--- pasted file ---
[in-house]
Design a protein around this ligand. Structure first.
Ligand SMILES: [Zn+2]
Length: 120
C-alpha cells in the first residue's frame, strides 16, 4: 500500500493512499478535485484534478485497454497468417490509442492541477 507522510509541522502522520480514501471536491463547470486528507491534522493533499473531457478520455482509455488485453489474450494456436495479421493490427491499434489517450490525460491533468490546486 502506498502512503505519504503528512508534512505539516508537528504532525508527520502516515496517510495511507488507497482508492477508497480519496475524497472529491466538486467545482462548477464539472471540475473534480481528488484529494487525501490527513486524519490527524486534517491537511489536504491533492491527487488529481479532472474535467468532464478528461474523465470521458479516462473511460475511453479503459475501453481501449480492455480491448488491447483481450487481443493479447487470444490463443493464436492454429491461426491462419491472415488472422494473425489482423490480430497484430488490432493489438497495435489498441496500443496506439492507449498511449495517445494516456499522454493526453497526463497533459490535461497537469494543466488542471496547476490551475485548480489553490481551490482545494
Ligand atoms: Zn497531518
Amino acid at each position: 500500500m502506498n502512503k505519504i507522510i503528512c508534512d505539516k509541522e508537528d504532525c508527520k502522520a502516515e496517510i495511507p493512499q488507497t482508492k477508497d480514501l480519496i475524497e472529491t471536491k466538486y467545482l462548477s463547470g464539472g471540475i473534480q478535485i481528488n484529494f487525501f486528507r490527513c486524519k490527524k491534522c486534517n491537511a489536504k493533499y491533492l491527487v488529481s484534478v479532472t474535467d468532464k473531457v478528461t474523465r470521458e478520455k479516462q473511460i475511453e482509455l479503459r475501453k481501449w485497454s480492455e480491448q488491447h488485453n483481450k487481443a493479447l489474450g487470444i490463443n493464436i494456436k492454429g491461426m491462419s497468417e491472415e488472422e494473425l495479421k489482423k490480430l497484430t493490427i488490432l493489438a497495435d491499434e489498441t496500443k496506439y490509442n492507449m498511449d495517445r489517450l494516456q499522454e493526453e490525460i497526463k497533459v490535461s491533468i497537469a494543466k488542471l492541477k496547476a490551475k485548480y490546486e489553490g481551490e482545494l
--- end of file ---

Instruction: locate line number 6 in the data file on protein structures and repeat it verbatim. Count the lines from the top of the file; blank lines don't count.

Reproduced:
Ligand atoms: Zn497531518